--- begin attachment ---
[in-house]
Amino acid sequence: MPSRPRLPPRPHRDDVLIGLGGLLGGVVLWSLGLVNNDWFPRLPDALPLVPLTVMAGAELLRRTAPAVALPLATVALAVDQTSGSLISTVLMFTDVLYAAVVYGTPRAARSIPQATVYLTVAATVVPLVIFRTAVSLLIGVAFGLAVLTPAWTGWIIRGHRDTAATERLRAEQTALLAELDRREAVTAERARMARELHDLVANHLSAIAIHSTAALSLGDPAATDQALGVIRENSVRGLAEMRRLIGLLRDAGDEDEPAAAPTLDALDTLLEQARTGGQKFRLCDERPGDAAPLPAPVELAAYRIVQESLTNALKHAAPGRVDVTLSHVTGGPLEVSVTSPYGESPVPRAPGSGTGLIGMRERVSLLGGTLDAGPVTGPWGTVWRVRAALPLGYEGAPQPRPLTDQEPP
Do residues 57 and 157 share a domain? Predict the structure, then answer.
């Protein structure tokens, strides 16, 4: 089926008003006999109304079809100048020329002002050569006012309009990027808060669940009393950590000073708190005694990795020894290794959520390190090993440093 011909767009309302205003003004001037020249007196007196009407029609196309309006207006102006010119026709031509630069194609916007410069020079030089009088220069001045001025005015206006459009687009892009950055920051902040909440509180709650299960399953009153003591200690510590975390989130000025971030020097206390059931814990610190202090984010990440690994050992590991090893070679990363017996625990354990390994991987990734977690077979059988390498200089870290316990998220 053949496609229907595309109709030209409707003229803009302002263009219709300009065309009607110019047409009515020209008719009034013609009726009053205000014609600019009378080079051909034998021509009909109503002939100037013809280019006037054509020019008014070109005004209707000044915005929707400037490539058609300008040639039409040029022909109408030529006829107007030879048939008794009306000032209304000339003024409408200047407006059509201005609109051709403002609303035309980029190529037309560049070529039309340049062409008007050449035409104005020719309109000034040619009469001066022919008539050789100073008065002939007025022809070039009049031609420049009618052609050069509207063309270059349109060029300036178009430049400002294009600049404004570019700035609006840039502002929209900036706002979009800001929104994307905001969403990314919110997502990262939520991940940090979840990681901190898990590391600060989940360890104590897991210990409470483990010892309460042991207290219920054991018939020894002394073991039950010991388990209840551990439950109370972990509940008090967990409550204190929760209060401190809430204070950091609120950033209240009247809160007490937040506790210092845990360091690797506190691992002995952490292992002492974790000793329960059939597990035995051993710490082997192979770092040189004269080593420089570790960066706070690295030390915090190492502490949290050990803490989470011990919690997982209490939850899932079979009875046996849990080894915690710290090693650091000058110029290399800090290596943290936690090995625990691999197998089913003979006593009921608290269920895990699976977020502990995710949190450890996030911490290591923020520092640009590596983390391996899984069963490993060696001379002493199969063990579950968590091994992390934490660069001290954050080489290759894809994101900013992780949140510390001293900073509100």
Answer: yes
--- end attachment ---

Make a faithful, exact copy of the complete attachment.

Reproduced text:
[in-house]
Amino acid sequence: MPSRPRLPPRPHRDDVLIGLGGLLGGVVLWSLGLVNNDWFPRLPDALPLVPLTVMAGAELLRRTAPAVALPLATVALAVDQTSGSLISTVLMFTDVLYAAVVYGTPRAARSIPQATVYLTVAATVVPLVIFRTAVSLLIGVAFGLAVLTPAWTGWIIRGHRDTAATERLRAEQTALLAELDRREAVTAERARMARELHDLVANHLSAIAIHSTAALSLGDPAATDQALGVIRENSVRGLAEMRRLIGLLRDAGDEDEPAAAPTLDALDTLLEQARTGGQKFRLCDERPGDAAPLPAPVELAAYRIVQESLTNALKHAAPGRVDVTLSHVTGGPLEVSVTSPYGESPVPRAPGSGTGLIGMRERVSLLGGTLDAGPVTGPWGTVWRVRAALPLGYEGAPQPRPLTDQEPP
Do residues 57 and 157 share a domain? Predict the structure, then answer.
């Protein structure tokens, strides 16, 4: 089926008003006999109304079809100048020329002002050569006012309009990027808060669940009393950590000073708190005694990795020894290794959520390190090993440093 011909767009309302205003003004001037020249007196007196009407029609196309309006207006102006010119026709031509630069194609916007410069020079030089009088220069001045001025005015206006459009687009892009950055920051902040909440509180709650299960399953009153003591200690510590975390989130000025971030020097206390059931814990610190202090984010990440690994050992590991090893070679990363017996625990354990390994991987990734977690077979059988390498200089870290316990998220 053949496609229907595309109709030209409707003229803009302002263009219709300009065309009607110019047409009515020209008719009034013609009726009053205000014609600019009378080079051909034998021509009909109503002939100037013809280019006037054509020019008014070109005004209707000044915005929707400037490539058609300008040639039409040029022909109408030529006829107007030879048939008794009306000032209304000339003024409408200047407006059509201005609109051709403002609303035309980029190529037309560049070529039309340049062409008007050449035409104005020719309109000034040619009469001066022919008539050789100073008065002939007025022809070039009049031609420049009618052609050069509207063309270059349109060029300036178009430049400002294009600049404004570019700035609006840039502002929209900036706002979009800001929104994307905001969403990314919110997502990262939520991940940090979840990681901190898990590391600060989940360890104590897991210990409470483990010892309460042991207290219920054991018939020894002394073991039950010991388990209840551990439950109370972990509940008090967990409550204190929760209060401190809430204070950091609120950033209240009247809160007490937040506790210092845990360091690797506190691992002995952490292992002492974790000793329960059939597990035995051993710490082997192979770092040189004269080593420089570790960066706070690295030390915090190492502490949290050990803490989470011990919690997982209490939850899932079979009875046996849990080894915690710290090693650091000058110029290399800090290596943290936690090995625990691999197998089913003979006593009921608290269920895990699976977020502990995710949190450890996030911490290591923020520092640009590596983390391996899984069963490993060696001379002493199969063990579950968590091994992390934490660069001290954050080489290759894809994101900013992780949140510390001293900073509100």
Answer: yes